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Global Financial Crisis 2016

Why Printing Money Is So Easy for the Fed

Interest-Rates / Central Banks Dec 12, 2012 - 10:48 AM GMT

By: InvestmentContrarian

Interest-Rates

George Leong writes: The Federal Reserve is busy looking at what to do next to try to keep the economic renewal on track, as the central bank meets for the last time this year. The Fed also understands its impact will be hindered by the ongoing battle in Congress regarding the pending fiscal cliff.


The Federal Reserve is speculated to continue its third quantitative easing (QE3) program of buying mortgage bonds each month. The effect will see the Fed increase its holdings of mortgage bonds to nearly $4.0 trillion, according to a Bloomberg survey. (Source: “Fed Seen Pumping Up Assets to $4 Trillion in New Buying,” Yahoo! Finance via Bloomberg, December 11, 2012.)

The bond buying has helped to ease financing rates and drive the housing market higher.

The Fed has spent $40.0 billion a month to buy mortgage-backed securities and, in theory, lower the financing rates. The yield on the 10-year Treasury stands at 1.6% versus 1.8% prior to the establishment of QE3—so it’s working.

For the Fed, as the QE3 works its way through the system, job creation is expected to be a major benefactor.

The Federal Reserve recognizes that the jobs market continues to be problematic and needs to be addressed, despite the unemployment rate falling to 7.7% in November. There are still over 21 million Americans looking for work.

To date, the super-low interest rates at between zero and a quarter of a percent have helped to prevent the country from falling into the abyss. If not for the low rates, the carrying cost of the $16.0 trillion in national debt would be suffocating and making the situation worse, which is why there’s the fiscal cliff. Something needs to be done during President Obama’s second term.

As I said when QE3 was first announced, the plan put forth by the Fed should help in theory; but this is the real world, and there are other variables that come into play that could hamper the Federal Reserve’s plan.

“Strains in global financial markets continue to pose significant downside risks to the economic outlook,” says the Federal Reserve. This shouldn’t be a surprise. Europe and the eurozone are in a financial mess, and China and Asia are on fragile ground. In China, we are seeing multinational companies report slowing in China as consumers there cut spending.

So while I believe the Federal Reserve was correct in launching QE3, I question how effective it will be and feel the situation is far worse than they want you to know, given the massive debt load and the fragile financial situation of many states.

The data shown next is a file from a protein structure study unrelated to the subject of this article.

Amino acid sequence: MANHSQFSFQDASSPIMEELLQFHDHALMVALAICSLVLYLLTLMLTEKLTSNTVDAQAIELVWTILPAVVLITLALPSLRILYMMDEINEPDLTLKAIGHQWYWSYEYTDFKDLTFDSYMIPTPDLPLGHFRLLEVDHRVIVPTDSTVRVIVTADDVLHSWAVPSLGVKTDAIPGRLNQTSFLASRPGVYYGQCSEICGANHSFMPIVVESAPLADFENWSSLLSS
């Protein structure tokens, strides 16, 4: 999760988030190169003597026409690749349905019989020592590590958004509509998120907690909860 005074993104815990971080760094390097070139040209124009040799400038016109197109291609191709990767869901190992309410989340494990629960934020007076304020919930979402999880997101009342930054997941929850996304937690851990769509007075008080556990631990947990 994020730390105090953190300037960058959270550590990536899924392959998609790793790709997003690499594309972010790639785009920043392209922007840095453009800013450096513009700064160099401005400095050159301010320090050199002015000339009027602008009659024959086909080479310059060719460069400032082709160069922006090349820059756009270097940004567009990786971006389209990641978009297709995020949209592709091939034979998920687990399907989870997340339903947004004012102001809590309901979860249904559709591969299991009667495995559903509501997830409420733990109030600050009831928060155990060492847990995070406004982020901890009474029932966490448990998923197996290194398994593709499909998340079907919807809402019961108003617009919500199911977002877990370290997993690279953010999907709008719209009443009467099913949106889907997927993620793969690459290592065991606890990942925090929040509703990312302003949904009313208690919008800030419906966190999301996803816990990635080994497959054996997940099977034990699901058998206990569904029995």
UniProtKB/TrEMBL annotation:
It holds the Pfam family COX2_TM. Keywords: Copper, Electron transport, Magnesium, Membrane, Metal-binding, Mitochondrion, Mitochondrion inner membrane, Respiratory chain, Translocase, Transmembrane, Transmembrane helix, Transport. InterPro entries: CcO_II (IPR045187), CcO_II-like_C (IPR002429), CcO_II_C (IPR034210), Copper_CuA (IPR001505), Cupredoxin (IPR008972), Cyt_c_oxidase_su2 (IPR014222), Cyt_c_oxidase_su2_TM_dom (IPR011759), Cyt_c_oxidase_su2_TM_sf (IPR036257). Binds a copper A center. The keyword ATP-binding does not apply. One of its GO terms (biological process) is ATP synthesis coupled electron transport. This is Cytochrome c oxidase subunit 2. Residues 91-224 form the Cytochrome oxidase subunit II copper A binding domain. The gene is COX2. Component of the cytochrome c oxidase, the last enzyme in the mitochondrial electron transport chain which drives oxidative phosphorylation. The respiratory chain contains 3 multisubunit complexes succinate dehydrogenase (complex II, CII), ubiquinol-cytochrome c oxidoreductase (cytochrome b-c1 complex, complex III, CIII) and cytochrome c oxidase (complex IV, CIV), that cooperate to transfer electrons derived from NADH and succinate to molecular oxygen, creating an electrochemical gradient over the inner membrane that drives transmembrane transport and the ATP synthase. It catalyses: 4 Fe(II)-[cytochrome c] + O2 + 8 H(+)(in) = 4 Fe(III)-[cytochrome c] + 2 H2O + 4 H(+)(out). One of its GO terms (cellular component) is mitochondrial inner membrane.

The bottom line is: the Federal Reserve will continue to print money to buy bonds. The question is: what will happen when the ink runs out?

Source: http://www.investmentcontrarians.com/recession/why-printing-money-is-so-easy-for-the-fed/1125/

By George Leong, BA, B. Comm.
www.investmentcontrarians.com

Investment Contrarians is our daily financial e-letter dedicated to helping investors make money by going against the “herd mentality.”

George Leong, B. Comm. is a Senior Editor at Lombardi Financial, and has been involved in analyzing the stock markets for two decades where he employs both fundamental and technical analysis. His overall market timing and trading knowledge is extensive in the areas of small-cap research and option trading. George is the editor of several of Lombardi’s popular financial newsletters, including The China Letter, Special Situations, and Obscene Profits, among others. He has written technical and fundamental columns for numerous stock market news web sites, and he is the author of Quick Wealth Options Strategy and Mastering 7 Proven Options Strategies. Prior to starting with Lombardi Financial, George was employed as a financial analyst with Globe Information Services. See George Leong Article Archives

Copyright © 2012 Investment Contrarians- All Rights Reserved Disclaimer: The above is a matter of opinion provided for general information purposes only and is not intended as investment advice. Information and analysis above are derived from sources and utilising methods believed to be reliable, but we cannot accept responsibility for any losses you may incur as a result of this analysis. Individuals should consult with their personal financial advisors.

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